26. Ecumenists continue to discuss on the various configurations of authority and the parameters for understanding the ordained ministry, including the episkope.3 To my knowledge, this is seldom if ever accompanied by organized reflection on the company these conversations keep in most parts of the world. In the milieus in which these discussions are going on, most people are questioning every sort of authority. The processes of modernity have led to the equating of authority with control. Where given horizons for meaning and value are not accepted -- because everything receives meaning and value by my autonomous choice -- the task of the churches is a much more daunting one than simply refining theologies that take authority for granted. The task is nothing less than providing examples of communities in which authority is credible because it is a community-sustaining and community-nourishing factor. In the experience of most of our contemporaries, such examples are few and far between.

E. Moral formation

27. Practice may not make perfect, but practices do make morals.

28. The studies on "ecumenical ethical engagement, moral formation and the nature of the church"4 point to the return of virtues in moral reflections. At the core of this is an understanding that a person's character affects and shapes moral judgment. Since moral judgment is tied to a particular social context, it does not make sense to focus ecumenical discussions on single moral issues. Every moral judgment comes with particular ways of shaping the community practices and consequently character.

29. This is contrary to the dominant account of moral life, which denies that there is a relevant relation between acts and the person performing the acts. Rooted in modernity's assumption of a "neutral" or "objective" description of action, this view considers moral reflection to deal with specific actions independently of the persons involved. The premise is that agents and acts can be separated. It follows that conflicts about moral judgments can only be solved by recourse some objective truth accessible to a universal rationality.

30. Virtues are acquired and character formed via the focal practices that shape a particular community. Christians learn the forming (or malforming) practices in the company of believers; in other words, Christians learn to live "the Way" and become disciples of Christ in the church. To Christians, the language of character and the virtues is tied to an account of Christian life nourished by the examples of the saints and the wisdom of teachers.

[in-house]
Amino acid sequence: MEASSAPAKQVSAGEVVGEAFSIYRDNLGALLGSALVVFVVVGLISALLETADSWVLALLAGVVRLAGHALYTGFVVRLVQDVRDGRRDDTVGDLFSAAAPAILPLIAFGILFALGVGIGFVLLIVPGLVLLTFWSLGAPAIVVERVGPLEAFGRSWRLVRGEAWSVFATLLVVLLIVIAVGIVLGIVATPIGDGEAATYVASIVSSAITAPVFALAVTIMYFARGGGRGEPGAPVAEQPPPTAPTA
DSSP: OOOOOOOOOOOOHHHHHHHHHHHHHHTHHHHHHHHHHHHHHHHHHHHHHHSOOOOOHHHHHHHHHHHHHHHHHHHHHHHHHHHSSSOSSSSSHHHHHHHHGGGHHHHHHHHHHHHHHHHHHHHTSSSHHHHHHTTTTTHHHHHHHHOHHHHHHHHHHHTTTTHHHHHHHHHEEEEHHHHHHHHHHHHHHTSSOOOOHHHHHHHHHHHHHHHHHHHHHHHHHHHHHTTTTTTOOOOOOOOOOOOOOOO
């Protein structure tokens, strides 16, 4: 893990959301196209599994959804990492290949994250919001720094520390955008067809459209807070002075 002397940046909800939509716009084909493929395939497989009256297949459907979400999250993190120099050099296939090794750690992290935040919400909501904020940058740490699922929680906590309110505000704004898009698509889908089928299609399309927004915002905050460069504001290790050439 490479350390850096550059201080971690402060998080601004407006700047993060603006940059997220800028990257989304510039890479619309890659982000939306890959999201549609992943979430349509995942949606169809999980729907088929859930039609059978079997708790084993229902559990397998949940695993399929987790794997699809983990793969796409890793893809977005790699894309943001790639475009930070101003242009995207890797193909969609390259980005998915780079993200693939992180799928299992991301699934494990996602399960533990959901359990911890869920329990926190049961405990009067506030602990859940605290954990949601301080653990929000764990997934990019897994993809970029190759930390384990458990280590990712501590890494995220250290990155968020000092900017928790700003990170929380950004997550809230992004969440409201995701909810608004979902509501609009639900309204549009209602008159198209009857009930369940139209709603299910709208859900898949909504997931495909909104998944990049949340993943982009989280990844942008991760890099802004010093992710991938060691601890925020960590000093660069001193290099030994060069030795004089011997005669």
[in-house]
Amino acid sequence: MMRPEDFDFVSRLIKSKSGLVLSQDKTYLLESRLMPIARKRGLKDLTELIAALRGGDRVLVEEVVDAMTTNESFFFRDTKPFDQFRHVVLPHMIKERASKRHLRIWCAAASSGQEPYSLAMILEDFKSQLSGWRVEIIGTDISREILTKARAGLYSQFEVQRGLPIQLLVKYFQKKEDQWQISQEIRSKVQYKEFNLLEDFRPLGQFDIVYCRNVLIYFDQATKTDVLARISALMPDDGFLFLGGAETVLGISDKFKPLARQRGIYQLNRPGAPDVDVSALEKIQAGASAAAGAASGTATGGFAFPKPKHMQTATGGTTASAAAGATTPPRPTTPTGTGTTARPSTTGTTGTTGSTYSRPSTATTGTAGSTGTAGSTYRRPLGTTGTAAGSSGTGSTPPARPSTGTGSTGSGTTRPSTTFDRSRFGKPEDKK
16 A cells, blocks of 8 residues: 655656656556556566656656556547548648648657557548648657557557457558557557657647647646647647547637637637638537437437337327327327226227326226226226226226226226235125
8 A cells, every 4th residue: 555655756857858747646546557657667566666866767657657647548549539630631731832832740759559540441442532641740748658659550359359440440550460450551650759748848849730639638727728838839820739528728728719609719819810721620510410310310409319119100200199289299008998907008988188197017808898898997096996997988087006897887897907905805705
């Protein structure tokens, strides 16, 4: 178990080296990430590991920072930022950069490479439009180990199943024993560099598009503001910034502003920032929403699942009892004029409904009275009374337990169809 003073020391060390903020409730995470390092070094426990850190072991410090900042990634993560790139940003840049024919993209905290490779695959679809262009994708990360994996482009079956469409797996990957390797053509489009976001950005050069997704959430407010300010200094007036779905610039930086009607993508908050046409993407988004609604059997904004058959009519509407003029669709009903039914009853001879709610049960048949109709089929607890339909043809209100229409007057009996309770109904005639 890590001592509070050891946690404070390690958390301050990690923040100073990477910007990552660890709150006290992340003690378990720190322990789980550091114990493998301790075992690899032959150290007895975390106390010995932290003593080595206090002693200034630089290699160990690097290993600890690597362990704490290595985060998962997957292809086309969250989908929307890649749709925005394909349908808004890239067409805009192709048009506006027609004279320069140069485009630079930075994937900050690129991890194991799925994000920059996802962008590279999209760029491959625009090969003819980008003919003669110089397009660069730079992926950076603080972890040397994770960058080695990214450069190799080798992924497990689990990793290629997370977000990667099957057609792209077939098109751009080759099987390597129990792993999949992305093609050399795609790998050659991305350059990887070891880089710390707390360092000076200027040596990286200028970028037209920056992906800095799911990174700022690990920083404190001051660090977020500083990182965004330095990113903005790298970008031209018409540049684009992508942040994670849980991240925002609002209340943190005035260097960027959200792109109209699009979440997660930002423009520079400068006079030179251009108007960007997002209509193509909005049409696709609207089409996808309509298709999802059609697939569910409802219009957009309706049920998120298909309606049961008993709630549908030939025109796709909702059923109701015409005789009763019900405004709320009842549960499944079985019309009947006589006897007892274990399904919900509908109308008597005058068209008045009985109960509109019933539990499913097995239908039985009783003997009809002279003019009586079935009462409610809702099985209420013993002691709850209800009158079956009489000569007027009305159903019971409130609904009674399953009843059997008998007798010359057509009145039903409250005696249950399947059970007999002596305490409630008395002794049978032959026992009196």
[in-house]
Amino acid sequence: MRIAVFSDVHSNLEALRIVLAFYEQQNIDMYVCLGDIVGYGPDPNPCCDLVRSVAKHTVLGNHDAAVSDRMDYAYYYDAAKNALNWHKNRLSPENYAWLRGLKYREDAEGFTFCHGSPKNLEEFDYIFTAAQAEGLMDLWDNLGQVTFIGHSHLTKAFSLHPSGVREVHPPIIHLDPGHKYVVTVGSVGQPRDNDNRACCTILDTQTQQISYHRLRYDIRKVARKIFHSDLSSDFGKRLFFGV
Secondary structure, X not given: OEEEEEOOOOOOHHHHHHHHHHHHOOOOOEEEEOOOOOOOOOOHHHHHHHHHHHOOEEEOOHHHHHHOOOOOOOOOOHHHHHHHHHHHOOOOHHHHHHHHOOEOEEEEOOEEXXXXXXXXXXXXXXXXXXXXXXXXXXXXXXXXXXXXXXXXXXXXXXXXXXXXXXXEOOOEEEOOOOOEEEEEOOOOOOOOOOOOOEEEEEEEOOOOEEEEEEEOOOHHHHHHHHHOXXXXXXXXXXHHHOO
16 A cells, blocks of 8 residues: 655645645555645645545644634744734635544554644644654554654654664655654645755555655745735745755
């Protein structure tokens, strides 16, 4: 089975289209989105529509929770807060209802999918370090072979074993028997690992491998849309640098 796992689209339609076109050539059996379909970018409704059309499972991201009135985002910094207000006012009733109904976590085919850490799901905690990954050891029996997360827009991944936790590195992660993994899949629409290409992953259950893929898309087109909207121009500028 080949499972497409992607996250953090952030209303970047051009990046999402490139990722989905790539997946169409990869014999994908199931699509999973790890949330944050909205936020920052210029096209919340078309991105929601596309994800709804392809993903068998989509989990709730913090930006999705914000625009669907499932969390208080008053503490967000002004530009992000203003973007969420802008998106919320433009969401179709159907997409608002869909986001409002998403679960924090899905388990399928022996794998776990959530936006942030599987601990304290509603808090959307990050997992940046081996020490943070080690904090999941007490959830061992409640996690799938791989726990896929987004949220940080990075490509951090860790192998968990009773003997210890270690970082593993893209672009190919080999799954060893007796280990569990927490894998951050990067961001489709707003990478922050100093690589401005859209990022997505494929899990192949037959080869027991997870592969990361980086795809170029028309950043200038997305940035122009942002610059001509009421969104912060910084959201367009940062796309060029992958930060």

31. "From the standpoint of the Christian tradition, the moral life requires not only formation but transformation in moral judgment. The moral life is inextricably tied to responsive friendship with the triune God and is enabled by such Christian practices as baptism, eucharist, forgiveness-reconciliation, and the interpretation of Scripture. Central to Christian convictions is the belief that it is an exceedingly difficult task to see and describe the world rightly and to think, feel, and act well. Accomplishing such a task requires a willingness to have one's life formed and transformed by the mystery of the Triune God" (L.Gregory Jones).


  1. Confessing the One Faith. An Ecumenical Explication of the Apostolic Faith as it is Confessed in the Nicene-Constantinopolitan Creed (381), Geneva, WCC, 1999.
  2. John H. Erickson, The Challenge of Our Past: Studies in Orthodox Canon Law and Church History, Crestwood NY, St Vladimir's Seminary Press, 1991.
  3. Niels Henrik Gregersen, "On Gender Based or Gender Biased God-Language: Trinitarian Theology in the Wake of Feminist Criticism", Dialogue, Vol. 38, no. 2, 1999, pp.123-28.
  4. L. Gregory Jones, Transformed Judgment: Toward a Trinitarian Account of the Moral Life, Notre Dame IN, Univ. of Notre Dame Press, 1990.
  5. Nicholas Lash, Believing Three Ways in One God: A Reading of the Apostles' Creed, London, SCM Press, 1992.
  6. Gerard Loughlin, Telling God's Story: Bible, Church and Narrative Theology, Cambridge, Cambridge U.P., 1996.
  7. G. Limouris, ed., Orthodox Visions of Ecumenism, Geneva, WCC, 1994, which reprints a text (Sofia 1981) arguing for the inclusion of a reference to baptism in the Basis of the WCC (pp.87ff.).
  8. Christine Chaillot and Alexander Belopopsky, eds, Towards Unity: The Theological Dialogue between the Orthodox Church and the Oriental Orthodox Churches, Inter-Orthodox Dialogue, Geneva, 1998.


  1. The Basis describes the World Council of Churches as "a fellowship of churches which confess the Lord Jesus Christ as God and Saviour according to the Scriptures and therefore seek to fulfill together their common calling to the glory of the one God, Father, Son and Holy Spirit" (WCC Constitution, Article 1).
  2. None of the texts on the WCC Basis and baptism in the dossier prepared by staff for the meetings of subcommittees I and IV reflects on the trinitarian character of the Basis and its function, or the relation of the trinitarian formula to the company these words keep and rely on for meaning. Some sentences in these texts refer to the acknowledgment of Jesus Christ as the decisive centre of all reality, and one of them points correctly to the Basis as an "affirmation of faith, practice and resolve". What this implies, given a trinitarian Basis, is not spelled out.
  3. Cf. the recent Faith and Order studies The Nature and Purpose of the Church, Faith and Order Paper no. 181, Geneva, WCC, 1998, and Episkope and Episcopacy and the Quest for Visible Unity, ed. Peter C. Bouteneff and Alan D. Falconer, Faith and Order Paper no. 183, Geneva, WCC, 1999.
  4. Cf. Ecclesiology and Ethics, ed. Thomas F.Best and Martin Robra, Geneva, WCC, 1997.